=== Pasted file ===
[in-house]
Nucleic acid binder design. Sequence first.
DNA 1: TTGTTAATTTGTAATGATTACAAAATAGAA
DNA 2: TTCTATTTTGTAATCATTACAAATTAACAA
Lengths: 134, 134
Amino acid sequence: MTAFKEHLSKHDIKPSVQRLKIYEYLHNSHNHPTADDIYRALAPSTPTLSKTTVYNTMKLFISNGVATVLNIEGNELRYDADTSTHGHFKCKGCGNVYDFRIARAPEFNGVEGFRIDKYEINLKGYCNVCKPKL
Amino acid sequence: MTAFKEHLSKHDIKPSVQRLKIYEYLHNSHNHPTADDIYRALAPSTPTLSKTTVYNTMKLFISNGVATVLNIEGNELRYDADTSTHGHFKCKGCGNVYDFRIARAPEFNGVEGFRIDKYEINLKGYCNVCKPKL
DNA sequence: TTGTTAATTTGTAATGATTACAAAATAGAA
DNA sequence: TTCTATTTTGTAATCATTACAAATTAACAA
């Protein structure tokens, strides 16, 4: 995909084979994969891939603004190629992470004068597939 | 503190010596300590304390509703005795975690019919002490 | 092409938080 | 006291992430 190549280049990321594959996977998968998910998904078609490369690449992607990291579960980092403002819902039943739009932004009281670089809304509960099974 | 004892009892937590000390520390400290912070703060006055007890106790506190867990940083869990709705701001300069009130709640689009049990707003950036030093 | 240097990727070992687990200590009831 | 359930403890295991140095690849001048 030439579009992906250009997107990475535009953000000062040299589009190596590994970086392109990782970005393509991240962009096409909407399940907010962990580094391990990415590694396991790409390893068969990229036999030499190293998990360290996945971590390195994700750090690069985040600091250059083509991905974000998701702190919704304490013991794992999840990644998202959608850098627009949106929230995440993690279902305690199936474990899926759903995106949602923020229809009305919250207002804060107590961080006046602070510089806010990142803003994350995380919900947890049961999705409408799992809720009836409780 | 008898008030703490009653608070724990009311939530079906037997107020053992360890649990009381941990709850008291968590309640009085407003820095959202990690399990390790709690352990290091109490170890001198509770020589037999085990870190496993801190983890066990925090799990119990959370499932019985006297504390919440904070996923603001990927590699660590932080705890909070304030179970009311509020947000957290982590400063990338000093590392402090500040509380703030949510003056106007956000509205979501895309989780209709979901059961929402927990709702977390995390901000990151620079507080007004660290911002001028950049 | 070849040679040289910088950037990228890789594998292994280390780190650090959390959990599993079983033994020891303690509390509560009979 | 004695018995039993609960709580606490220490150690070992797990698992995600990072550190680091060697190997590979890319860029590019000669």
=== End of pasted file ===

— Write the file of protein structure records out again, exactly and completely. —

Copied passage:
[in-house]
Nucleic acid binder design. Sequence first.
DNA 1: TTGTTAATTTGTAATGATTACAAAATAGAA
DNA 2: TTCTATTTTGTAATCATTACAAATTAACAA
Lengths: 134, 134
Amino acid sequence: MTAFKEHLSKHDIKPSVQRLKIYEYLHNSHNHPTADDIYRALAPSTPTLSKTTVYNTMKLFISNGVATVLNIEGNELRYDADTSTHGHFKCKGCGNVYDFRIARAPEFNGVEGFRIDKYEINLKGYCNVCKPKL
Amino acid sequence: MTAFKEHLSKHDIKPSVQRLKIYEYLHNSHNHPTADDIYRALAPSTPTLSKTTVYNTMKLFISNGVATVLNIEGNELRYDADTSTHGHFKCKGCGNVYDFRIARAPEFNGVEGFRIDKYEINLKGYCNVCKPKL
DNA sequence: TTGTTAATTTGTAATGATTACAAAATAGAA
DNA sequence: TTCTATTTTGTAATCATTACAAATTAACAA
């Protein structure tokens, strides 16, 4: 995909084979994969891939603004190629992470004068597939 | 503190010596300590304390509703005795975690019919002490 | 092409938080 | 006291992430 190549280049990321594959996977998968998910998904078609490369690449992607990291579960980092403002819902039943739009932004009281670089809304509960099974 | 004892009892937590000390520390400290912070703060006055007890106790506190867990940083869990709705701001300069009130709640689009049990707003950036030093 | 240097990727070992687990200590009831 | 359930403890295991140095690849001048 030439579009992906250009997107990475535009953000000062040299589009190596590994970086392109990782970005393509991240962009096409909407399940907010962990580094391990990415590694396991790409390893068969990229036999030499190293998990360290996945971590390195994700750090690069985040600091250059083509991905974000998701702190919704304490013991794992999840990644998202959608850098627009949106929230995440993690279902305690199936474990899926759903995106949602923020229809009305919250207002804060107590961080006046602070510089806010990142803003994350995380919900947890049961999705409408799992809720009836409780 | 008898008030703490009653608070724990009311939530079906037997107020053992360890649990009381941990709850008291968590309640009085407003820095959202990690399990390790709690352990290091109490170890001198509770020589037999085990870190496993801190983890066990925090799990119990959370499932019985006297504390919440904070996923603001990927590699660590932080705890909070304030179970009311509020947000957290982590400063990338000093590392402090500040509380703030949510003056106007956000509205979501895309989780209709979901059961929402927990709702977390995390901000990151620079507080007004660290911002001028950049 | 070849040679040289910088950037990228890789594998292994280390780190650090959390959990599993079983033994020891303690509390509560009979 | 004695018995039993609960709580606490220490150690070992797990698992995600990072550190680091060697190997590979890319860029590019000669």